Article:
Congress, NCP allege graft in construction of Shiv Smarak

Opposition asks CM Fadnavis to come clean by disclosing details

[File] Prime Minister Narendra Modi performs Jal Pujan for the Chhatrapati Shivaji Maharaj Memorial in the Arabian Sea, 4 km off Mumbai's Marine Drive | PTI [File] Prime Minister Narendra Modi performs Jal Pujan for the Chhatrapati Shivaji Maharaj Memorial in the Arabian Sea, 4 km off Mumbai's Marine Drive | PTI

The Congress and the NCP on Tuesday alleged corruption in the tendering process of Shiv Smarak (statue of Chhatrapati Shivaji ) project and asked Chief Minister Devendra Fadnavis to come clean by disclosing all relevant details

In a joint media briefing, Congress spokesman Sachin Sawant and NCP spokesman Nawab Malik said that the state government had promised that a Shivaji Maharaj memorial would be constructed in the Arabian Sea, off Mumbai coast. Tenders for the project were issued in 2017.  The L&T submitted a bid of Rs 3,826 crore for the project . As per the tender documents, the height of the memorial was to be 121.2 meters of which 83.2 meters was the statue and 37 meters was the sword.

The state government brought down the project cost to Rs 2,500 crore by negotiating with L&T which was in violation of the guidelines set by the central vigilance commission that tender value can not be negotiated.

To reduce the cost of the project, changes were made in the design of the statue. The overall height of the memorial was kept the same at 121.2 metres, but the height of the statue was reduced to 75.7 metres and the height of the sword was increased to 45.5 metres. Even the reclaimed area was reduced from 15.6 hectors to 12.8 hectors of which only 6.8 hectors were going to be used for developing the Shivsmarak in the first phase. The technical feasibility issues have been totally ignored, said Sawant.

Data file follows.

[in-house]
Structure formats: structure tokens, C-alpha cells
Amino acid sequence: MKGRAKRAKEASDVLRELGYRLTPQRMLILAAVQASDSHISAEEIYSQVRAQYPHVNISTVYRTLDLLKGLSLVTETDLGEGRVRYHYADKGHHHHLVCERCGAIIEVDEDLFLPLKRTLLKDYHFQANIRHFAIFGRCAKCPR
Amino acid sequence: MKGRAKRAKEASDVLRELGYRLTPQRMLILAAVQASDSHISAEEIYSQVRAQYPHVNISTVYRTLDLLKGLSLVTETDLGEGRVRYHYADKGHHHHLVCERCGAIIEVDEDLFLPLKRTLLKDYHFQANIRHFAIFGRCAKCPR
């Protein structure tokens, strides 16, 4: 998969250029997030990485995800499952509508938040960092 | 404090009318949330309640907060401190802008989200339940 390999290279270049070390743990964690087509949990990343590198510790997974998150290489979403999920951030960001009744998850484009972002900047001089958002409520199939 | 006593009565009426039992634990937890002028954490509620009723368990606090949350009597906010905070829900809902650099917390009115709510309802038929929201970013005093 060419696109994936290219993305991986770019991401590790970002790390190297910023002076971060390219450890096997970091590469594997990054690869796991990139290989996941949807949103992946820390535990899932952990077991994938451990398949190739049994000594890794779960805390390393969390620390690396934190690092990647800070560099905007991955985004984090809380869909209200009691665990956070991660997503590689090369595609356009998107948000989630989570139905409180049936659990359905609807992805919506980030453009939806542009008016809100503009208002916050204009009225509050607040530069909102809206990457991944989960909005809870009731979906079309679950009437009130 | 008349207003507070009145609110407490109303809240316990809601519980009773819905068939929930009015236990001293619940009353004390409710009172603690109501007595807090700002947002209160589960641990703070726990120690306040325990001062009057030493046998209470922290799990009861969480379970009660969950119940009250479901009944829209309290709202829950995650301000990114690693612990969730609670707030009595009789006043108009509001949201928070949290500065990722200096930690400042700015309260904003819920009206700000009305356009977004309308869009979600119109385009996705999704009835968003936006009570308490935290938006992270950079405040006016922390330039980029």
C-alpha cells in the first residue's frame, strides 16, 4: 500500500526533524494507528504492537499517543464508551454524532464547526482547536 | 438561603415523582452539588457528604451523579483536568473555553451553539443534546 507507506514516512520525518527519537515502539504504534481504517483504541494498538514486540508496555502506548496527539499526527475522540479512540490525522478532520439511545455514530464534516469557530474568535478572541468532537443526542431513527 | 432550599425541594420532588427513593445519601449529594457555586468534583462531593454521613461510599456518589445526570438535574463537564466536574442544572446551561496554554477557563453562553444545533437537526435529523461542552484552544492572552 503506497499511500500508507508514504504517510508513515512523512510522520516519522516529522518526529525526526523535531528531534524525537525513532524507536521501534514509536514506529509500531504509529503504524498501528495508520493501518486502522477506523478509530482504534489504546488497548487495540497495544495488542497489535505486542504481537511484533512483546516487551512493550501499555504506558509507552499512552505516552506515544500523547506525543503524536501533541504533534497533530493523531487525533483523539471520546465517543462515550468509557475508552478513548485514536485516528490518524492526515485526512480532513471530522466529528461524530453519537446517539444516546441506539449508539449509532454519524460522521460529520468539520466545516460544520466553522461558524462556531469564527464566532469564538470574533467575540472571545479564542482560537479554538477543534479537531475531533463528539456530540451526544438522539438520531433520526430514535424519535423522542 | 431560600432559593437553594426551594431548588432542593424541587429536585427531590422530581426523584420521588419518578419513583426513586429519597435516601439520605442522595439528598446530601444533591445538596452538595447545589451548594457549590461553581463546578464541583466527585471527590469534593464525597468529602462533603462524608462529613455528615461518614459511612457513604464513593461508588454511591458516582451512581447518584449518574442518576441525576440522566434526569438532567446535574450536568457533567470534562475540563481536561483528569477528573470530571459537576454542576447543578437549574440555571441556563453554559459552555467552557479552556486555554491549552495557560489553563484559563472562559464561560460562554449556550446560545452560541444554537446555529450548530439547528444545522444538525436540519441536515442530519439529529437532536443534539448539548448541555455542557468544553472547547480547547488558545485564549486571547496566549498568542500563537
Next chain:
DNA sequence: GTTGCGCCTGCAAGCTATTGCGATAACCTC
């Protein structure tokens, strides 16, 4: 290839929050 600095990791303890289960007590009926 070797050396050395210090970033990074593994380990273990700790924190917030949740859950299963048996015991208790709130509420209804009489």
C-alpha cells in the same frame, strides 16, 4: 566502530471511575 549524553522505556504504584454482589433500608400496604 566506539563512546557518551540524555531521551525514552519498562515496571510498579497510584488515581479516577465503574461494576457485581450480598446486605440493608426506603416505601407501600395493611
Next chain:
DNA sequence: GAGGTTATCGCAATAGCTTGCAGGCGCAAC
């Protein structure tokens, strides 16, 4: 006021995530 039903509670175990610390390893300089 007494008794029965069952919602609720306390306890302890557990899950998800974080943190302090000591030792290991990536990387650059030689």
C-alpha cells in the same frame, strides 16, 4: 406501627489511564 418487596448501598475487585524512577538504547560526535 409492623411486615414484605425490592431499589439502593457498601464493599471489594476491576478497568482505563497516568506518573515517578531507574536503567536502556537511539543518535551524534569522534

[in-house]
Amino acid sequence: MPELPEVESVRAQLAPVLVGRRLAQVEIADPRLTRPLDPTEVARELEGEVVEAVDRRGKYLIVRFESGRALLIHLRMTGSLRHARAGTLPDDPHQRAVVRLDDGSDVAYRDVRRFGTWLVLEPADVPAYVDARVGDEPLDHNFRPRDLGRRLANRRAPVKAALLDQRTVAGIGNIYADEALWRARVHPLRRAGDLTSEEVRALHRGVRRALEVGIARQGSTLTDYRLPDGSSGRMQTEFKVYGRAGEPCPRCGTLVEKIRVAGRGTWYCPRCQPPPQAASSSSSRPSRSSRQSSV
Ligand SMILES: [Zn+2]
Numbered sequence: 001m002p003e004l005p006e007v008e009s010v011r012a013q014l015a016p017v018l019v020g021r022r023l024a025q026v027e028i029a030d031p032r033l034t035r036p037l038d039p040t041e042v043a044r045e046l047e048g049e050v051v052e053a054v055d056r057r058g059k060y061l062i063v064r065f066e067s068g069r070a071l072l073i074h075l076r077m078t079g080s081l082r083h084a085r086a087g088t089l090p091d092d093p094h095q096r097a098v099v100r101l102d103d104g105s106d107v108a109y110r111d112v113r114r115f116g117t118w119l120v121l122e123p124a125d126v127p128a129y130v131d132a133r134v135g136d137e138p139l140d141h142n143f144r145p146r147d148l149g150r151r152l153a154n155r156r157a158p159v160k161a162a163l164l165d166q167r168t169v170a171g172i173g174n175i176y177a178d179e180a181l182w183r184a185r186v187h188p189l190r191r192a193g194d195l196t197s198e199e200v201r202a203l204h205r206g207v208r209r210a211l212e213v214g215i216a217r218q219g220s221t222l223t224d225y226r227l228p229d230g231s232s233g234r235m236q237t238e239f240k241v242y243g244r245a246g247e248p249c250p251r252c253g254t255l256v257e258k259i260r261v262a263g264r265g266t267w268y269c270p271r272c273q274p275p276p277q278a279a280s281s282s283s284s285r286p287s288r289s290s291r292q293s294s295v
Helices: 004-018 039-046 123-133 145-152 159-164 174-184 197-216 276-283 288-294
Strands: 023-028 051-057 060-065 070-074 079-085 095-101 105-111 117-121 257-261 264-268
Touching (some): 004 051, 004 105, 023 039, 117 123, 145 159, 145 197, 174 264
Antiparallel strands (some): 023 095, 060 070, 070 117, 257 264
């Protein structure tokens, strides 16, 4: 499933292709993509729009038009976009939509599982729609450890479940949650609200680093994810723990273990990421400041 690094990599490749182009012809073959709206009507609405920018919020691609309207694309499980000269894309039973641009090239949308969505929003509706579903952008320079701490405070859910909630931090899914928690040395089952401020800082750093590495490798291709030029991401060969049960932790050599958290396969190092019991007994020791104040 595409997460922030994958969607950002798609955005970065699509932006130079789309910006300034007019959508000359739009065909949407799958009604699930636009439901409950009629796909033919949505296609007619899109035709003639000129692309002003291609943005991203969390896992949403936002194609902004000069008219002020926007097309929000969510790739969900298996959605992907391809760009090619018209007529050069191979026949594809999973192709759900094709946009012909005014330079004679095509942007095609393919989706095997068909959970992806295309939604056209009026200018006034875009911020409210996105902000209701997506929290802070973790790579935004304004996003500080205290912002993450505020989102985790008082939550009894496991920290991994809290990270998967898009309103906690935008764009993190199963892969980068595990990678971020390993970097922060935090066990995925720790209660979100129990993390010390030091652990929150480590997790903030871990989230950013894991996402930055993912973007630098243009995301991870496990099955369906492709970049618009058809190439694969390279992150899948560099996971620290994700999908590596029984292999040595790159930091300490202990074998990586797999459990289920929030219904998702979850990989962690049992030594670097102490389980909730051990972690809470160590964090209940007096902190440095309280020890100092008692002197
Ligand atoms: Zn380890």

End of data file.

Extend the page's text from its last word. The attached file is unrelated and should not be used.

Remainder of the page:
"What was even more surprising was that the revised proposal was approved by Chief Minister Devendra Fadnavis on Februray 28, 2018. After the approval, the public works department sent a letter to L&T for their approval. L&T studied the revised proposal in just one day and gave its approval on March 1, 2018. And on that very day, the chief minister handed over the acceptance letter to the company. Such a hurry in handing over the LOA says a lot," stated Sawant and Malik.

According to Sawant and Malik, the agreement for the project was done between L&T and the executive engineer of the department on July 28, 2018. But when the agreement was being done, a senior divisional account officer raised his objections by writing an immediate handwritten dissent note. 

In the note, the officer said, "I was not made a part of the negotiations held with L&T nor the decision to sign the agreement.

“The negotiation of tendered rate is prohibited by CVC. However, a drastic cost reduction in contract was done through negotiation from Rs 3,800 crore to Rs 2,500 crore which is a violation of the CVC guidelines. Once the bidder is finalised, if the scope of work of a project has to be revised, then a fresh tender has to be called for. If fresh tenders are not called, it is violating the CVC guidelines. Cost reduction through negotiation may result in sub-standard work and any reduction in scope of work may impact the project adversely," said the senior divisional account officer.